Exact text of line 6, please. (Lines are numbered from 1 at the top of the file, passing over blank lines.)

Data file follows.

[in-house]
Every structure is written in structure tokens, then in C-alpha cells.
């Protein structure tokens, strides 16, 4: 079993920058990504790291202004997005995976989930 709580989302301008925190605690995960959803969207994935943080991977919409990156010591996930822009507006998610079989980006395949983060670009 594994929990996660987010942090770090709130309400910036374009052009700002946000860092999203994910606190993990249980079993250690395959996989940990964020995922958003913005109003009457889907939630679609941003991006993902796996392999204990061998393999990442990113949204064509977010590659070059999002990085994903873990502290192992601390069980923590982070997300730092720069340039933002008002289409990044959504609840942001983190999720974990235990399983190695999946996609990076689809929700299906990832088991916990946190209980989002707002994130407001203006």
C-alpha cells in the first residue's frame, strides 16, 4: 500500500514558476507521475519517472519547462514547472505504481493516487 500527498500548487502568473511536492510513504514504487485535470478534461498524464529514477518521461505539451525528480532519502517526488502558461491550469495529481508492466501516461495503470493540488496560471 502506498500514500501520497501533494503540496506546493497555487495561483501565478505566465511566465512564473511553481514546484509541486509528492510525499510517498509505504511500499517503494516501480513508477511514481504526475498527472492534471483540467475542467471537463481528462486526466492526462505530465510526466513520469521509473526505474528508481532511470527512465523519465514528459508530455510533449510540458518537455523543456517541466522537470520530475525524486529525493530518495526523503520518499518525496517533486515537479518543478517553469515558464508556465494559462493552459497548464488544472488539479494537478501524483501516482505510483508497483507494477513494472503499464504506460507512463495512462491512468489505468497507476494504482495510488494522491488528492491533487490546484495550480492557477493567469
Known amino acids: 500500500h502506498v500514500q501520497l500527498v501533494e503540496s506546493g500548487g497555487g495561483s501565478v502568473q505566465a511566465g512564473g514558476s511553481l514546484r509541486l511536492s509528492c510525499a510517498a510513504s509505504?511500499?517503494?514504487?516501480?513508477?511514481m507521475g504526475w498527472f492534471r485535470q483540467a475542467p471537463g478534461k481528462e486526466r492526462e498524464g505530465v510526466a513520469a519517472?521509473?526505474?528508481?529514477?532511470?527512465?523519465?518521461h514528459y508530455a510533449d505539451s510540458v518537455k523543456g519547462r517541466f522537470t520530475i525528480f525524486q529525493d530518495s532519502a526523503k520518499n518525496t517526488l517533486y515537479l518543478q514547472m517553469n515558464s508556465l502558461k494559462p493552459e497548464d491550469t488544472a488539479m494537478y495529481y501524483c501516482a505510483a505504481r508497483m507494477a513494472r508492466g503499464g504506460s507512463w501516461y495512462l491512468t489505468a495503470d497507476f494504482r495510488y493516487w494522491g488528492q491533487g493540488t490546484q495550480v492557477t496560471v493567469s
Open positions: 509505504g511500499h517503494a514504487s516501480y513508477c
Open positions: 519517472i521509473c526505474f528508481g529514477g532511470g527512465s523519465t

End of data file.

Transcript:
Open positions: 509505504g511500499h517503494a514504487s516501480y513508477c